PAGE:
I applaud your goals to eat healthier! I know that I could improve in this department as well. Often eating habits have been deeply engrained in us, making changing the way we eat and think about food difficult to change. Just take it one day at a time. I think with diets and many other things in life, need to be tailored to the individual. What works for someone may not work for others. But stay persistent and find a diet that you are happy with and does leave you feeling deprived.
    Eating out gets expensive and it’s great to hear you’re curbing that, hopefully with the money you save you can put it toward your paleo diet or whatever diet you decide on which caters to what your body needs the most.

  11. Nick says:

    Hi Matt,

    This is my first time on your blog and I felt like I have learned so much already. Thank you so much for sharing and giving someone who knows very little about MS a more in depth and real-world understanding. I have a friend struggling with depression and I know he frequently jumps from medication to medication not being able to find one that suits him so it is great to hear that you found an effective one for yourself. Your decision to begin to eat healthier and change your diet is inspiring and motivating to me and I look forward to reading your next post related to diet. Thank you again for sharing your journey!

  12. Jaclyn Nemzek says:

    Hi Matt,

    Thanks for sharing your experience about your depression, fitness, and dietary goals! I commend you for working on including more fruits and vegetables into your diet, as this is very difficult for all of us to consume the recommended amount, let alone exceed the “expected” amount by doctors. I feel that taking care of your body in any way (fitness or dietary) will definitely benefit the symptoms of your MS and even help with depression. Oftentimes when we make a small change to our bodies, we are able to recognize some possible new-found energy or mental clarity after committing for a few weeks/months! Good luck on your journey and keep fighting! 🙂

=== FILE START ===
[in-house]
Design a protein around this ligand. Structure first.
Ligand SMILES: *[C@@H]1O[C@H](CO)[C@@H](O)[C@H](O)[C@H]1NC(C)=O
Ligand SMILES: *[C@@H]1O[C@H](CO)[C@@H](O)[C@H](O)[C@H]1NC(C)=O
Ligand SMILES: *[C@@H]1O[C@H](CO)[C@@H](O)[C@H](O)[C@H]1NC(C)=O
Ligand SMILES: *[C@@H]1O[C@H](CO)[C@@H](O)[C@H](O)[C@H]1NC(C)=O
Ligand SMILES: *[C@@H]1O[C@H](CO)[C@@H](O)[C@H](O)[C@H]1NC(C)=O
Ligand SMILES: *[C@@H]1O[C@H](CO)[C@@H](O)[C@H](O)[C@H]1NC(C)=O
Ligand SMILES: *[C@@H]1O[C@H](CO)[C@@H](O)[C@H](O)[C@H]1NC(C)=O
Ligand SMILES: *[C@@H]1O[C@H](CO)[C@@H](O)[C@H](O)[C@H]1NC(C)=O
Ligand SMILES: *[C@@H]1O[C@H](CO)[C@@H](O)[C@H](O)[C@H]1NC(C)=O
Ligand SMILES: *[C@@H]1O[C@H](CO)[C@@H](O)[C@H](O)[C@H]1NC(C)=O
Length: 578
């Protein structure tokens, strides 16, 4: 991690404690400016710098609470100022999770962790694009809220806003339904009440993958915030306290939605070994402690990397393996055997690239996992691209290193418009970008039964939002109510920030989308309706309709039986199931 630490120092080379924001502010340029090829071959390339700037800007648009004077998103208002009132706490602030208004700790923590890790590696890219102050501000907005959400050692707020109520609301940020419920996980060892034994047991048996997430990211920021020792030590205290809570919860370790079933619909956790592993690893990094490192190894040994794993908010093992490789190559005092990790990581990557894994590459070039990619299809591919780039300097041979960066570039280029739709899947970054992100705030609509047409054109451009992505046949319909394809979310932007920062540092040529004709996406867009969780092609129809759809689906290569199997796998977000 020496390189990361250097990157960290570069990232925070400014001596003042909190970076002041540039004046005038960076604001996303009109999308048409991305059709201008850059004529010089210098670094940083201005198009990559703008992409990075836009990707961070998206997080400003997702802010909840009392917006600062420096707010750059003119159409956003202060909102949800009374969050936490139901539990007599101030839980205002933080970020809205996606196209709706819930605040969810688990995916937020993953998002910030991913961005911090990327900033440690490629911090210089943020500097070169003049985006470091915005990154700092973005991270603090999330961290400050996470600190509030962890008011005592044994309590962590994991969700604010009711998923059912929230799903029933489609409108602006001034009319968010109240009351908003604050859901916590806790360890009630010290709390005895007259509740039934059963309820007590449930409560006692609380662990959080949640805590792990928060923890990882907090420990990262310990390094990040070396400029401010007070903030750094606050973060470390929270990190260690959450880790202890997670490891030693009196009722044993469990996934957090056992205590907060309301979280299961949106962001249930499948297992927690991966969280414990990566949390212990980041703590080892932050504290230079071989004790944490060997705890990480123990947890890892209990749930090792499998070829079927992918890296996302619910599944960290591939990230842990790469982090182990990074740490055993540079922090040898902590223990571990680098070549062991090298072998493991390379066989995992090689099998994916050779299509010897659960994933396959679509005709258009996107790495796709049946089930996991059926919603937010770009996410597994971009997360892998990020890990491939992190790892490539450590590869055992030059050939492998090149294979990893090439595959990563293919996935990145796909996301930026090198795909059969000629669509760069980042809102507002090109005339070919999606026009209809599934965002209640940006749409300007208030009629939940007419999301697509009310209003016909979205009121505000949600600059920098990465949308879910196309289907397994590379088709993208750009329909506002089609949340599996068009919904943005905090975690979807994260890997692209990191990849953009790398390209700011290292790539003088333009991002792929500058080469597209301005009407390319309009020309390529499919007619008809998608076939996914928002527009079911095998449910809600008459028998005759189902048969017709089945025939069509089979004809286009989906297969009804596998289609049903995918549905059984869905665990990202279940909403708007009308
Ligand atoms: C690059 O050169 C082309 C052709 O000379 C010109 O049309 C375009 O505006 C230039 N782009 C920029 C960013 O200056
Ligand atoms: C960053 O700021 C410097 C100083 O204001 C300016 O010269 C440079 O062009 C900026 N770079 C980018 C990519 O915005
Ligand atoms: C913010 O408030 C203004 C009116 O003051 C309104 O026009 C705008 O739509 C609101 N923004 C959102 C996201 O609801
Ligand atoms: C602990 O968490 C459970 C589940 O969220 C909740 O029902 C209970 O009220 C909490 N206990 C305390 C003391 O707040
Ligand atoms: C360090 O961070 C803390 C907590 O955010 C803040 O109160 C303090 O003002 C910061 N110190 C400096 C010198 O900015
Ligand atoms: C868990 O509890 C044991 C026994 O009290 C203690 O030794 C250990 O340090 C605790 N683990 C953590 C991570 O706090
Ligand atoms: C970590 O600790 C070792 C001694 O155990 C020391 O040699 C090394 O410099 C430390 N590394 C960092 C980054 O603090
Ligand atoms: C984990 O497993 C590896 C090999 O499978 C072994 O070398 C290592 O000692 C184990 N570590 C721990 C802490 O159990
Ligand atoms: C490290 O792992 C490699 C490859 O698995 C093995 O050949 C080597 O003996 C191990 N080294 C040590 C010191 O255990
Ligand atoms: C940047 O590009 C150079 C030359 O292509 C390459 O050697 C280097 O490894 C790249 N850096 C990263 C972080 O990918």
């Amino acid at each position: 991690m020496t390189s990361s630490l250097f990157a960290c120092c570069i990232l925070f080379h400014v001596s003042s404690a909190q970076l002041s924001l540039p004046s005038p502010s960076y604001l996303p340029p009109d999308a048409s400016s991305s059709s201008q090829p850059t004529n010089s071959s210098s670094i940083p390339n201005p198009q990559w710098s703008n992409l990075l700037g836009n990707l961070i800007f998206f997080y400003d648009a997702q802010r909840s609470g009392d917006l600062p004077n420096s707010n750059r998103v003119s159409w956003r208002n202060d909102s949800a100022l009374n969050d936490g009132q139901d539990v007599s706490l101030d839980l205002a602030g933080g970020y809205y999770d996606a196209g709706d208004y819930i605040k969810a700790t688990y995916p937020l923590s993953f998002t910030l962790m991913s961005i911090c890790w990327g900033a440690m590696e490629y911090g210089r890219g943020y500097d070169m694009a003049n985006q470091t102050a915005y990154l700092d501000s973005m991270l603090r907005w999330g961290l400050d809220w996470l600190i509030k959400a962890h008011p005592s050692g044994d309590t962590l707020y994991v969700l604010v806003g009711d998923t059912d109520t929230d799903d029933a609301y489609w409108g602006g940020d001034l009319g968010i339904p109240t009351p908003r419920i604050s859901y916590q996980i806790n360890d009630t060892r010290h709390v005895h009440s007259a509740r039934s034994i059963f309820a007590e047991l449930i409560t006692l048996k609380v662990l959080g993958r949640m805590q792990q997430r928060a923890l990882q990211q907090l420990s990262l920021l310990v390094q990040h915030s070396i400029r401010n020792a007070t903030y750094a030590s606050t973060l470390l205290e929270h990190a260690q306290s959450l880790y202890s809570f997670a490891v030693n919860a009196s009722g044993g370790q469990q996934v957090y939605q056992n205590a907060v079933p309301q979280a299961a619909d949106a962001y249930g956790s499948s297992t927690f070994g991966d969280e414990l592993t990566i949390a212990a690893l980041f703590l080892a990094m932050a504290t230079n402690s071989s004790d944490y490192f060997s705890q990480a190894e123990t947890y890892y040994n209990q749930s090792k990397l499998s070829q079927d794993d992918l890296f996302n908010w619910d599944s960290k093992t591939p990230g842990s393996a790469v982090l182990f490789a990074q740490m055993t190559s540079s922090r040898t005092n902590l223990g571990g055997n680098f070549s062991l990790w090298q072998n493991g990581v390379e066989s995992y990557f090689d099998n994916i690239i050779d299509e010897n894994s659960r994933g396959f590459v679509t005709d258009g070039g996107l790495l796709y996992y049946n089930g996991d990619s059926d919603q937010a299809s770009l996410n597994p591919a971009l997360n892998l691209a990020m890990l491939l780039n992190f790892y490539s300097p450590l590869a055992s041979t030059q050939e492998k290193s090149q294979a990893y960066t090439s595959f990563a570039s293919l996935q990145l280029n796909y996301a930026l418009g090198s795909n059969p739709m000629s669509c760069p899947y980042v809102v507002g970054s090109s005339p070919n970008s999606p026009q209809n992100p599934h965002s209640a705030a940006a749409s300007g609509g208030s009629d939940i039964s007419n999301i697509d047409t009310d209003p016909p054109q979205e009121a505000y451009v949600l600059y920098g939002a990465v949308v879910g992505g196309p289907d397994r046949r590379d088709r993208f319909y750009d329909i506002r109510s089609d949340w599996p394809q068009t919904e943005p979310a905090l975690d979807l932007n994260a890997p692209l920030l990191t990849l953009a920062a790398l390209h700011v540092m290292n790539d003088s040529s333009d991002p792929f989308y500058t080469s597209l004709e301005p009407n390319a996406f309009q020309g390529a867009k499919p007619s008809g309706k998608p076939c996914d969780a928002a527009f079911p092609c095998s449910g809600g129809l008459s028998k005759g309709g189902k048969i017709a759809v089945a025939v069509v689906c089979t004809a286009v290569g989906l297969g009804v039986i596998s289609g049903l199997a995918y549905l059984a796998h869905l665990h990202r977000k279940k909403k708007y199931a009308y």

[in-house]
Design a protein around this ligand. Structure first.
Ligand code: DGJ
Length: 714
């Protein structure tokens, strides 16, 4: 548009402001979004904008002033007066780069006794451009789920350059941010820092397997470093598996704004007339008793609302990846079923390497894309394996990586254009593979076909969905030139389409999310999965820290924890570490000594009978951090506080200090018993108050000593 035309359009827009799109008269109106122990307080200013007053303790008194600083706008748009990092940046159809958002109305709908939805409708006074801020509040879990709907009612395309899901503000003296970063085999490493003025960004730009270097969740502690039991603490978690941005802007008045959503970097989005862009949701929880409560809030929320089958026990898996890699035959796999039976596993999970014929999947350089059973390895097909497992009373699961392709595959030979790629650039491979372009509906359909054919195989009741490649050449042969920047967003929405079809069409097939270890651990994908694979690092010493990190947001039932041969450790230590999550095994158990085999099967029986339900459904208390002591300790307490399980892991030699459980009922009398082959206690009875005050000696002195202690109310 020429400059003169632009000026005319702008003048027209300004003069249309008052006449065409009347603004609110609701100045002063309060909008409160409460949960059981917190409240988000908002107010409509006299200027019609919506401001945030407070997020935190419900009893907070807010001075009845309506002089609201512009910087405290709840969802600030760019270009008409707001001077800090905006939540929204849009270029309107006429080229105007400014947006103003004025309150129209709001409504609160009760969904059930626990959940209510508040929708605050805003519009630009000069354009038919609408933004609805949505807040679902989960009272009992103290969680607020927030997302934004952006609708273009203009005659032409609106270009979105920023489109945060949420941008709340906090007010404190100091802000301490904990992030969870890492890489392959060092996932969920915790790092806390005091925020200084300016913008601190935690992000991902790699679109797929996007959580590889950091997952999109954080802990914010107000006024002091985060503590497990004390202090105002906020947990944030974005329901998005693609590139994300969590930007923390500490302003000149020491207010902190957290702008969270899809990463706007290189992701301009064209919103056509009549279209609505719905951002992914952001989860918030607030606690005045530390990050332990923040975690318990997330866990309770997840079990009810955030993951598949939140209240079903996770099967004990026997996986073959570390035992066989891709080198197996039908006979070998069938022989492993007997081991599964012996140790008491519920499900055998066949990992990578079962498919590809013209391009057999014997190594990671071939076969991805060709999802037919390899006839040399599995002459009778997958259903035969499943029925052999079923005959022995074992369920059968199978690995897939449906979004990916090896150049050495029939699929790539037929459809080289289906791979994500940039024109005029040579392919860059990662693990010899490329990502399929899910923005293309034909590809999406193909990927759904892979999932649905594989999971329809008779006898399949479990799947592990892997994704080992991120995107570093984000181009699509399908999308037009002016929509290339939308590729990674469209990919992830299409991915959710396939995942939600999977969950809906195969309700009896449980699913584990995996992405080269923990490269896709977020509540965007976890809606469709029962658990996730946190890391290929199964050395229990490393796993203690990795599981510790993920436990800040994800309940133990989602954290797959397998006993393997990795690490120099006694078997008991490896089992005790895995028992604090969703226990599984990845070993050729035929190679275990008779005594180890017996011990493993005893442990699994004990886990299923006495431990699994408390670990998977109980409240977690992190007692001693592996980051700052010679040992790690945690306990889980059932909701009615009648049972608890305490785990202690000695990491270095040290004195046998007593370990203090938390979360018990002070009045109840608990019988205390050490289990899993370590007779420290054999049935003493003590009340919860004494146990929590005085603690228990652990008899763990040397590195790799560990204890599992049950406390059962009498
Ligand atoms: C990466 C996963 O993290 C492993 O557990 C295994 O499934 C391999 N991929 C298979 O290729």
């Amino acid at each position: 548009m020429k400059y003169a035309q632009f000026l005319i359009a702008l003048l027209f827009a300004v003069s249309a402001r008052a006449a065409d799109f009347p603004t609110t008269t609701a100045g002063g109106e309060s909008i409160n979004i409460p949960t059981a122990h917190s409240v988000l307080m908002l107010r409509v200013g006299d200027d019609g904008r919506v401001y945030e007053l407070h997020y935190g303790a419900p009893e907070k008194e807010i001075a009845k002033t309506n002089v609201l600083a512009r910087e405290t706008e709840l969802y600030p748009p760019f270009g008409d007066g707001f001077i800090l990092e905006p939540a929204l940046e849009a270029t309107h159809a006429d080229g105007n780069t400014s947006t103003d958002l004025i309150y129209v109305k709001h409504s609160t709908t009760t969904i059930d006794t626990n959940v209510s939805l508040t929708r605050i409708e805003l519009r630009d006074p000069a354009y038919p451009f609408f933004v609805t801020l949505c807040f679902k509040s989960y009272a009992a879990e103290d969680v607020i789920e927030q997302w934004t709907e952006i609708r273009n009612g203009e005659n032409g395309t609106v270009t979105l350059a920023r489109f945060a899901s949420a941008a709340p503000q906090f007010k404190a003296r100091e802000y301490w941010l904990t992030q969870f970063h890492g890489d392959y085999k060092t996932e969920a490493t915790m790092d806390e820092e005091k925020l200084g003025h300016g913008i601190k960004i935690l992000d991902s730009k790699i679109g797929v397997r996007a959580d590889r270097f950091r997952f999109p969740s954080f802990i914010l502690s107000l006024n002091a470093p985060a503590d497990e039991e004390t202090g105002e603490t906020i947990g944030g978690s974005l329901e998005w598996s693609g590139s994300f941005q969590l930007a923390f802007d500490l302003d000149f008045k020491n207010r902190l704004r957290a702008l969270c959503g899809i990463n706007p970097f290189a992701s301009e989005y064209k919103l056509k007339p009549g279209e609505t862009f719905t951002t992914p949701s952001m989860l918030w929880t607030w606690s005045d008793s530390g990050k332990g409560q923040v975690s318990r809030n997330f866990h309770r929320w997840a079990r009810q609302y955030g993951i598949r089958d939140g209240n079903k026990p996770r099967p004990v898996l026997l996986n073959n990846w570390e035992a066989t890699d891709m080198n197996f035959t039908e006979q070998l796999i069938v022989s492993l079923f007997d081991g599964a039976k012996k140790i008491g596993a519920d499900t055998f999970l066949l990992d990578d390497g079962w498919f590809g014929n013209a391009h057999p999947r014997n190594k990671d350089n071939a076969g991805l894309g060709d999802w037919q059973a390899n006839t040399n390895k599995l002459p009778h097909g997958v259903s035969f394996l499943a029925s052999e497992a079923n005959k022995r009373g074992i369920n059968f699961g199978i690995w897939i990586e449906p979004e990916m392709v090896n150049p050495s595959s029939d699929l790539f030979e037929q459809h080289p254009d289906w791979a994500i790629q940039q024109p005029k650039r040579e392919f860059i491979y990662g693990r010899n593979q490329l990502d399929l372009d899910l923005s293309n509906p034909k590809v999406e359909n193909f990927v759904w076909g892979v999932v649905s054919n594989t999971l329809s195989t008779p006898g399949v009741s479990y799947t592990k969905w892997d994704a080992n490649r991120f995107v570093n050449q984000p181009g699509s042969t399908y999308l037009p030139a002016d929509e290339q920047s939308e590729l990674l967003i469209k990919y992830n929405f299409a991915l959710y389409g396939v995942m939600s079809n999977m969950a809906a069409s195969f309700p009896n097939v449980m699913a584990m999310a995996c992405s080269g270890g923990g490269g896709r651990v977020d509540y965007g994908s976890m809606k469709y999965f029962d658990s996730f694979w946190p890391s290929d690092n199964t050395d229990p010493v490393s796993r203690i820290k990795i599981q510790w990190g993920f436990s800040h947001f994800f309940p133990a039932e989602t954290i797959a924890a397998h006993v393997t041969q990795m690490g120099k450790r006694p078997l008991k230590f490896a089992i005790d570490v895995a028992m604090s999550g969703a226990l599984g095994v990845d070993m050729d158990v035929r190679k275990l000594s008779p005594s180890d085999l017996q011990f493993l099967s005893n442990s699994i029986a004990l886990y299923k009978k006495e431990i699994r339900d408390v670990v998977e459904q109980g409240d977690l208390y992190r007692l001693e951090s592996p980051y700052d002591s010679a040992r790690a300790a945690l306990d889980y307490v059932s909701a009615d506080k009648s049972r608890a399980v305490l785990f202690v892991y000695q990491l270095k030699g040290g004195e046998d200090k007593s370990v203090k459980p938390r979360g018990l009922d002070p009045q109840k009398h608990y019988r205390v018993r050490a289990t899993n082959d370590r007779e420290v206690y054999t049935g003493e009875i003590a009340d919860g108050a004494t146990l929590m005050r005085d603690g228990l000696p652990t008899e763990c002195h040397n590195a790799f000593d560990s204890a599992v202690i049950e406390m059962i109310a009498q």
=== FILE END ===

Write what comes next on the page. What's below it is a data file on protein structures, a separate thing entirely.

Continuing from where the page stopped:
13. Tiffany says:

    Hey Matt,

    First, I’d like to commend you for your ability to be so open and honest about what you’re going through. I find it very courageous and inspiring, especially when we live in a time where social media is often used to showcase only the “best” of what a person is going through. Depression is very common and not easy to overcome. You’re right when saying that it is a learning process and it is often a process that is overlooked by others as something “normal” or “situational.” With every learning process, you may try something that works out in a way you didn’t anticipate. However, it is important to highlight your ability to re-evaluate and find other solutions. I love how you’re reading books and finding ways to live a healthier lifestyle. You’re constantly working on being a better version of you and I love everything you are representing! Healthy may not taste great in the beginning, but it’s funny how you can get accustomed to it (I had the same experience with kale). Keep up the good work and I look forward to reading more about your journey! (:

  14. Dillon says: